June Wrap-Up: My Favorite Reads of the Month
My very favorite books from June!
Here are my six favorite reads of the past month: contemporary fiction, young adult, nonfiction, fantasy, and light fiction titles, including several LGBTQ reads perfect for Pride month. If you've read any of these, I'd love to hear what you think!
And I'd also love to hear: what are some of your recent favorite reads?
01 A Marvellous Light (Last Binding #1) by Freya Marske
The first book in Marske's duology is full of Edwardian England detail, gay love, mystery, magic, wonderful dialogue and banter, and plenty of heart. I adored it.
A Marvellous Light starts with a devastating ending (the demise of a character, caused by nefarious magicians) and a less-than-promising beginning.
Robin is trying to keep the household afloat after the deaths of his parents, to support his bright, ambitious younger sister, and to date some handsome men along the way.
Marske offers immersive Edwardian England detail in this adorable, captivating, queer book that involves elaborate magical schemes and evil plots.
Robin and Edwin's love is romantic and sweet and heartbreaking and sexy; the mystery at the heart of the book seems only to be solvable by the biggest book nerd in existence; and the story's magical details are fascinating and odd.
I was completely hooked by A Marvellous Light, and I tried to slow down my reading to make it last. The amount of heart in this book was exquisite. And there will be a sequel!
For my full review, check out A Marvellous Light.
02 Empire of Pain: The Secret History of the Sackler Dynasty by Patrick Radden Keefe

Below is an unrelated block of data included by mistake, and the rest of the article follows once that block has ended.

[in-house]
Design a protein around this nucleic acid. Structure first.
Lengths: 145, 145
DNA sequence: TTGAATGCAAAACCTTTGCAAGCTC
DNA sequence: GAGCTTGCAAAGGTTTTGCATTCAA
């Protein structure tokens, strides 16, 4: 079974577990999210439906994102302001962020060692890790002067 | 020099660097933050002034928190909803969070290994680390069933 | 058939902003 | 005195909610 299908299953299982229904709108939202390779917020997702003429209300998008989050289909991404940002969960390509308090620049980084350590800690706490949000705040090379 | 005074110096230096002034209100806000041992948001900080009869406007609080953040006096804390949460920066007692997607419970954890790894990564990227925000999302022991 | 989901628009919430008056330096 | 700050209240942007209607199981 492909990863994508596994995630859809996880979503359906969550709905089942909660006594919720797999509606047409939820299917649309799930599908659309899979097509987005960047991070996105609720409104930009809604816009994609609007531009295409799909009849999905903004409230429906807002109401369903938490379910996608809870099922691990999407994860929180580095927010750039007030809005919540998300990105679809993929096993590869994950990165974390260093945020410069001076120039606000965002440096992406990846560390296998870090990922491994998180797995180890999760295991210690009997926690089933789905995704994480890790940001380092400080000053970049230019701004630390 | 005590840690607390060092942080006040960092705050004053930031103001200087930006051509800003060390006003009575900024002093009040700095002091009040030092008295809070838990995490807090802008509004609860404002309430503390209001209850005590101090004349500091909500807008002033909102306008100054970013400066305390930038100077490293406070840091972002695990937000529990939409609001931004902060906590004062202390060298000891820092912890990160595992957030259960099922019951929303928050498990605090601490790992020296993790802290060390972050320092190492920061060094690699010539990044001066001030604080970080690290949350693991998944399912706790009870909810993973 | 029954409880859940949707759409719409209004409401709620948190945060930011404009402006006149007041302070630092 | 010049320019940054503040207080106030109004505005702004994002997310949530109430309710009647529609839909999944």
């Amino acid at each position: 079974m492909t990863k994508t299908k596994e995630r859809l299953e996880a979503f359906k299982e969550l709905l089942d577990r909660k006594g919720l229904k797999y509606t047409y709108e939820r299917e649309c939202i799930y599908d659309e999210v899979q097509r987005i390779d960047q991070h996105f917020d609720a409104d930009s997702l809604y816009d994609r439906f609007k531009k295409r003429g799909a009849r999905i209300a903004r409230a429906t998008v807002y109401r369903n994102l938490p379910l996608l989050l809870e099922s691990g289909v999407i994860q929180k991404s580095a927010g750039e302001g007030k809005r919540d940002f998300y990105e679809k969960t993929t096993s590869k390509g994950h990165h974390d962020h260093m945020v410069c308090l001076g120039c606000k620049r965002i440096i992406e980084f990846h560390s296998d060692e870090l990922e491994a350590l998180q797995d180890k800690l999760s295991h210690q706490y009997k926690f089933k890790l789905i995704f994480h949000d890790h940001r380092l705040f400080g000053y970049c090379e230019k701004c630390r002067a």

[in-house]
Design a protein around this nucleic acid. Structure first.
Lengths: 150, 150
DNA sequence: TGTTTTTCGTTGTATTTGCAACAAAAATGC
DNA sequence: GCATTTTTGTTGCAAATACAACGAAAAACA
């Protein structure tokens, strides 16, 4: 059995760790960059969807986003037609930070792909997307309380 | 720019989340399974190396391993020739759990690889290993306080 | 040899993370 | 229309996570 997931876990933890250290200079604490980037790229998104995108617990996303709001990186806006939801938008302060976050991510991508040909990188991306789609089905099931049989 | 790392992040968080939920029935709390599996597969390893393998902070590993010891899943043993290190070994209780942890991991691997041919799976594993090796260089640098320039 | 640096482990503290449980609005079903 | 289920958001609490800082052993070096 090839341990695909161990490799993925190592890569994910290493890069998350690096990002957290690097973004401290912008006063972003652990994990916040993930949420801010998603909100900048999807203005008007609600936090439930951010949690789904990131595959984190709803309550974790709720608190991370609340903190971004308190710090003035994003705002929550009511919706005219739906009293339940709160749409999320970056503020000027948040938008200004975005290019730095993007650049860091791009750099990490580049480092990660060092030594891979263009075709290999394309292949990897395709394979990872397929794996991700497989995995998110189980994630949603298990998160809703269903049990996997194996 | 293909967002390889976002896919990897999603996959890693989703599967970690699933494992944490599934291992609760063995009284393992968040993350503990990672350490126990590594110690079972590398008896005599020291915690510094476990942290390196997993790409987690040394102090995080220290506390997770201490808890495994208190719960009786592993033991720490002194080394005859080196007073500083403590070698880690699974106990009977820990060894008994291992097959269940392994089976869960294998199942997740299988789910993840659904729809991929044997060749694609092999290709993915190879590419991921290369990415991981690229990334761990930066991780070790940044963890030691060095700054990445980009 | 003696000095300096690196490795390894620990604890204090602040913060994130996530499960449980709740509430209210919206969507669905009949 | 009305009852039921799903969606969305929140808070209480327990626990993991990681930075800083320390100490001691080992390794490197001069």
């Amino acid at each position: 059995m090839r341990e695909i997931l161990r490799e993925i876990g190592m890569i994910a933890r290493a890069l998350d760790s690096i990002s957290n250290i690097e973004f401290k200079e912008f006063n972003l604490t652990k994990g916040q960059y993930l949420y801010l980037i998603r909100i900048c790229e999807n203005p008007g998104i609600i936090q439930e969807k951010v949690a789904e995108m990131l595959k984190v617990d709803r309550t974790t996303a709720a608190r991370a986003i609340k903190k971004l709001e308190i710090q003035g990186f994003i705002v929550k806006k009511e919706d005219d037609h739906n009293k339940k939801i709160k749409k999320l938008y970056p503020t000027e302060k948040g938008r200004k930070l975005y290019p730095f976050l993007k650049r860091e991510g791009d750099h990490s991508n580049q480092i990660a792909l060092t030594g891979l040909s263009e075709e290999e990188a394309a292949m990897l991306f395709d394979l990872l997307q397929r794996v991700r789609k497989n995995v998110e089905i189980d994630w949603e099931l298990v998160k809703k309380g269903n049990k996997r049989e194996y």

Keefe offers an infuriating, fascinating, meticulously researched account of the Sackler family and their collective responsibility for the ongoing, devastating opioid crisis.
I listened to Empire of Pain, Patrick Radden Keefe's exhaustive history of the Sackler family as traced through their modest beginnings, medical degrees, various interpersonal dramas, multiple marriages, handshake deals, amassing of vast wealth, and ruthless promotion of the family's legacy.
Empire of Pain is essential nonfiction that details the shocking narcissism, relentless ambition and greed, aggressive delusions, obscene negligence, and dogged maleficence that created our nation's opioid crisis and has led to hundreds of thousands of opioid-related deaths—a number that continues to grow.
Patrick Radden Keefe is a master of compelling, important nonfiction. His book Say Nothing: A True Story of Murder and Memory in Northern Ireland was one of my Six of the Best Nonfiction Books I read that year.
Keefe's new book is Rogues: True Stories of Grifters, Killers, Rebels, and Crooks. Stay tuned for that Bossy review.
Click here for my full review of Empire of Pain.
03 See You Yesterday by Rachel Lynn Solomon
Rachel Lynn Solomon crafts another sweet, quirky, funny, romantic young adult story that plays with time and is centered around irresistibly imperfect characters.
In See You Yesterday, Rachel Lynn Solomon explores the first day of college for Barrett Bloom, who desperately needs a fresh start.
After being involved in multiple disasters in only her first day of classes, Barrett fears that college may be a ruination on par with the end of her high school career.
But she wakes up the next day...and finds that she's reliving her first day of college. She has the incredible chance to make the same decisions, or to consider her choices and do things differently. As the day keeps repeating—and she keeps running into the same cute boy, who is also reliving the day—Barrett considers who she is and who she wants to become.
Solomon is excellent at building wonderfully imperfect characters and irresistible premises that play with time. I loved Barrett and Miles's problem-solving and their discoveries about their own natures and capabilities, as well as the unorthodox team they make.